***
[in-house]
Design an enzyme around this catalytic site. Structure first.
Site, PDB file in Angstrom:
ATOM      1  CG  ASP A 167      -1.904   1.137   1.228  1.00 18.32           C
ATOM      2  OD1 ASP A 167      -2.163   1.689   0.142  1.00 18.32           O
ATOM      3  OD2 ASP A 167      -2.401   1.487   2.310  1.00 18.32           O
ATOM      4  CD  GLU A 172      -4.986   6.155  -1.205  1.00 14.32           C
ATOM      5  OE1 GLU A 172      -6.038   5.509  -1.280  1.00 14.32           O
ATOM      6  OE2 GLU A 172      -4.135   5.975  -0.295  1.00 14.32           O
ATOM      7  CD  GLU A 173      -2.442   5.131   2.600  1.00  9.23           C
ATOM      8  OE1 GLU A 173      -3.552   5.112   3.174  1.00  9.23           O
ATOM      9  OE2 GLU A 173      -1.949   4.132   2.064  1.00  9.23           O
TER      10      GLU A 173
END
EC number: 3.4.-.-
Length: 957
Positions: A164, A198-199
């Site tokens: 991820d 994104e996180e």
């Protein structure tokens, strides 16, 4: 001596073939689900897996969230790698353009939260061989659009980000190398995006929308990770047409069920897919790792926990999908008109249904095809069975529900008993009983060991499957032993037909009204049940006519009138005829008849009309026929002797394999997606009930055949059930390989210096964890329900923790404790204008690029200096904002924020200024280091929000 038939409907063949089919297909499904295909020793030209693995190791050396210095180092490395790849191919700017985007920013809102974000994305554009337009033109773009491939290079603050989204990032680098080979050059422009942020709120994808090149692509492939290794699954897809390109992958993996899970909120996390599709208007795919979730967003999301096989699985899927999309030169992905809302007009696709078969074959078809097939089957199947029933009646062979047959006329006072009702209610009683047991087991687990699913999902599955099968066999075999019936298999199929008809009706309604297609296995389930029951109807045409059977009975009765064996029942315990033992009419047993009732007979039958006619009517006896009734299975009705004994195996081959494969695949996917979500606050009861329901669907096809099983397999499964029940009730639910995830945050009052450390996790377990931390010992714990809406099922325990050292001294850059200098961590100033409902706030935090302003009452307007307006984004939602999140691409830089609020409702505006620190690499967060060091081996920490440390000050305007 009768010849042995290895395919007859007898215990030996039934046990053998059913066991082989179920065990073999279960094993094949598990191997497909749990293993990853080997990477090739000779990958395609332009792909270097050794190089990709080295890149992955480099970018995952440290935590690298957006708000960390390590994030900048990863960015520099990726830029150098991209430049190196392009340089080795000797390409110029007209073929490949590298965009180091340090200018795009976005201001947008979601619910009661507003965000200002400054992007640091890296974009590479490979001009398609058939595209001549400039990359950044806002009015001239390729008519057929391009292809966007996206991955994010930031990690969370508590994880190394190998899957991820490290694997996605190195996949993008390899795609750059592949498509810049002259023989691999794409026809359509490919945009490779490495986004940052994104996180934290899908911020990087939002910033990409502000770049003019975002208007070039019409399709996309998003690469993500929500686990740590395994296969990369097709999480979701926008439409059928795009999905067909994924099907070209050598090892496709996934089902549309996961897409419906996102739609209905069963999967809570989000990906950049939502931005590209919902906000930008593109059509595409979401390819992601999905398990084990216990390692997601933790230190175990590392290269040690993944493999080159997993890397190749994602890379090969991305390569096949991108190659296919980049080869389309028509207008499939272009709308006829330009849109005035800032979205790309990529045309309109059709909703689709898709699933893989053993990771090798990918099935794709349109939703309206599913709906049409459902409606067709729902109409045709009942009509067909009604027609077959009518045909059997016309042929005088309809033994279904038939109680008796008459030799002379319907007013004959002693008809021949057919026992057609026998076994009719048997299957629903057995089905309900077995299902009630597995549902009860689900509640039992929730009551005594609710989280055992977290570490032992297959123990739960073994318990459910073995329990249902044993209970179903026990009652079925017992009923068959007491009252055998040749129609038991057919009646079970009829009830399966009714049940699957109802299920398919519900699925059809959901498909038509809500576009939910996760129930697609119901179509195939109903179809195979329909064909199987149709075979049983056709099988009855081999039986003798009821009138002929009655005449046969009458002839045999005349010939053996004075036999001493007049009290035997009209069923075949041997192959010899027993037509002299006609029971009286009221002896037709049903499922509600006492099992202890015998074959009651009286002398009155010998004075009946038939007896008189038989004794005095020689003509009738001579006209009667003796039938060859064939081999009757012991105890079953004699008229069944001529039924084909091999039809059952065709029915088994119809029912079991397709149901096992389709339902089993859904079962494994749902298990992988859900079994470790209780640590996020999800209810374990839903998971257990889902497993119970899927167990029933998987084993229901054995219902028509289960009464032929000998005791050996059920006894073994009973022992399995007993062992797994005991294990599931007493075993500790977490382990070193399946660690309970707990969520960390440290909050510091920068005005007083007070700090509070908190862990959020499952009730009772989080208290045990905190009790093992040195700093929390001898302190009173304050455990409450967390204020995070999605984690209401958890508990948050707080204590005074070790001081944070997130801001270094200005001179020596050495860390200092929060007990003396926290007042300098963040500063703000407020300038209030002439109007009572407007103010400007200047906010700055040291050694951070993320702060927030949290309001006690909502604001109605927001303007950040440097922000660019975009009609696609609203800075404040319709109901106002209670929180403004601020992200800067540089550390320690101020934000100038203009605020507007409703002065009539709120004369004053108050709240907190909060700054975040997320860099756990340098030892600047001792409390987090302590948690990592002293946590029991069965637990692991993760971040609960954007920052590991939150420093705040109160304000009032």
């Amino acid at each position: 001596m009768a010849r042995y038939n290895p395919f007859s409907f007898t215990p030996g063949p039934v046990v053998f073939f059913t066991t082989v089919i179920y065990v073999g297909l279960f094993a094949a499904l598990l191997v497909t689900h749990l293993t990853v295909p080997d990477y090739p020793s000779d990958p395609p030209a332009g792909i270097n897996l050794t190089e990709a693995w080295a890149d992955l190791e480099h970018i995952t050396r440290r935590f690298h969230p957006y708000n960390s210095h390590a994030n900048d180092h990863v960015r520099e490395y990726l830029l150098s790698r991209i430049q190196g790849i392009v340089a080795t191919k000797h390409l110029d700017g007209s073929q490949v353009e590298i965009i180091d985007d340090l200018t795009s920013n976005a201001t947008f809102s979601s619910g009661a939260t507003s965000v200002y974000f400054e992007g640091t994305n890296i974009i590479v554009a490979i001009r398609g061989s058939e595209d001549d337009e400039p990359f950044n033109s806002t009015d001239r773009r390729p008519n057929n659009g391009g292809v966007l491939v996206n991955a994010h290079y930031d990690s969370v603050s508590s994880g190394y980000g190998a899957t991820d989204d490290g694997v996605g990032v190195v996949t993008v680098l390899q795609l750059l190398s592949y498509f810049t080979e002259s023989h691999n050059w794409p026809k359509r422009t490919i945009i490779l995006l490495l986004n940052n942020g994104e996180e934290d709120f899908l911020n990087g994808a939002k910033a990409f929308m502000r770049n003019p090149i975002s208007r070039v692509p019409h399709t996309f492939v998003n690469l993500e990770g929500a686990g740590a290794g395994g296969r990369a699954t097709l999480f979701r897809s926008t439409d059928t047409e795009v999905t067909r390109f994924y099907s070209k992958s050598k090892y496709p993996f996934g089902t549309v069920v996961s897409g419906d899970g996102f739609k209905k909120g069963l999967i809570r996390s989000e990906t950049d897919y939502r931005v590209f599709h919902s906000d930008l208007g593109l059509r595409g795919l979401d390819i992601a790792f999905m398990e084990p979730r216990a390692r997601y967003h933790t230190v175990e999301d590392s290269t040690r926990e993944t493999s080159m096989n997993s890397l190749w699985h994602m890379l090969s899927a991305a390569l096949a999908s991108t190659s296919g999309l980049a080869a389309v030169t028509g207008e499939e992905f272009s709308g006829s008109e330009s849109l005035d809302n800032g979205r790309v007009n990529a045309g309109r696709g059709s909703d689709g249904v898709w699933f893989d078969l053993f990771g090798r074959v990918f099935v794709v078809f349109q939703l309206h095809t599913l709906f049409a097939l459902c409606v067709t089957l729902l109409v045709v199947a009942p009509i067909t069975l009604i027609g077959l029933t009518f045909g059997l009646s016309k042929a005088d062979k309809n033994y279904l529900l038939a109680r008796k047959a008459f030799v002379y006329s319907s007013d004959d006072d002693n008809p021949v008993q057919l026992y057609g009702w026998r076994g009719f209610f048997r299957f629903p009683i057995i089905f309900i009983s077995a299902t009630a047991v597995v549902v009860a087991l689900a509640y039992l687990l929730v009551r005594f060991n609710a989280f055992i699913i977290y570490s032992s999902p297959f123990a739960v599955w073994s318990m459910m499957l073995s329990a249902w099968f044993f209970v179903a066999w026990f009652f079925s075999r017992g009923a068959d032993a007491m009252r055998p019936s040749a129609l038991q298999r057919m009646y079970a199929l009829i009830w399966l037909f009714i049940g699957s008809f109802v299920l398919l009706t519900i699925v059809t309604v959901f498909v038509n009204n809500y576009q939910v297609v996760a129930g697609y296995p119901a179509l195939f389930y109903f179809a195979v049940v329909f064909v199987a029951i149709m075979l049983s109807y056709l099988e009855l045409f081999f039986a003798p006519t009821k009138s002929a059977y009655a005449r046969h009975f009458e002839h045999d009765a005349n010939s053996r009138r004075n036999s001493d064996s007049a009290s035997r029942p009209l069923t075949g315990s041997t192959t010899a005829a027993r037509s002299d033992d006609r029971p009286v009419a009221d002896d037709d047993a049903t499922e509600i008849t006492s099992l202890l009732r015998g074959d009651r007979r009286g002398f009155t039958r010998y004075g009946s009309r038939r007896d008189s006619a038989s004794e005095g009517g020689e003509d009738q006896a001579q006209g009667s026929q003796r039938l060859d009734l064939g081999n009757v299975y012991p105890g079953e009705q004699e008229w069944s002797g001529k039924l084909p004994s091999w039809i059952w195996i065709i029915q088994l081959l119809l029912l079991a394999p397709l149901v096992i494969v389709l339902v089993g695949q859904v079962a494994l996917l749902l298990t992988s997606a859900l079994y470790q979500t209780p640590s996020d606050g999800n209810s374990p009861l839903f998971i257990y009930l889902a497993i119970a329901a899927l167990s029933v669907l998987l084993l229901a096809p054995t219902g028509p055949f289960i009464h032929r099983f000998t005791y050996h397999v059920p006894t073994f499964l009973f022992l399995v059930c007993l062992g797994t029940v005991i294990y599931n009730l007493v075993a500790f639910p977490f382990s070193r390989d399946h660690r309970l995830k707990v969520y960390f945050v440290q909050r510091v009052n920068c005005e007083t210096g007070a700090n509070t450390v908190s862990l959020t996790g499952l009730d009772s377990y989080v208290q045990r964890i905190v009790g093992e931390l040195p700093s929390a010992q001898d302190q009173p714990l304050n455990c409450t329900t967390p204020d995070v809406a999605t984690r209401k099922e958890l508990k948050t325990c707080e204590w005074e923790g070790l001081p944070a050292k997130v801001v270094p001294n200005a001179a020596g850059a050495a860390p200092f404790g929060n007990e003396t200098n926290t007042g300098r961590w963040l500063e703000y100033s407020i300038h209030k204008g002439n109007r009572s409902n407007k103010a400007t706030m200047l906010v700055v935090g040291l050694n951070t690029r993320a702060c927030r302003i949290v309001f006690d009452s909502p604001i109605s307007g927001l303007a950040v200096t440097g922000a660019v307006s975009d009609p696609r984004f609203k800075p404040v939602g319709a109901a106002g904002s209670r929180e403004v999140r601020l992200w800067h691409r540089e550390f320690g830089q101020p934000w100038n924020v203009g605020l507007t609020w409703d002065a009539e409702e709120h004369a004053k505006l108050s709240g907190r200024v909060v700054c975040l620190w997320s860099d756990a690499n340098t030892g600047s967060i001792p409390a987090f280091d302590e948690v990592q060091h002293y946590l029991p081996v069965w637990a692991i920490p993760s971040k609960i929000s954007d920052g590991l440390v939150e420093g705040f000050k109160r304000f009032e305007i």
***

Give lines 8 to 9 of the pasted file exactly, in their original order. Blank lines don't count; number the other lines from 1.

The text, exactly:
ATOM      5  OE1 GLU A 172      -6.038   5.509  -1.280  1.00 14.32           O
ATOM      6  OE2 GLU A 172      -4.135   5.975  -0.295  1.00 14.32           O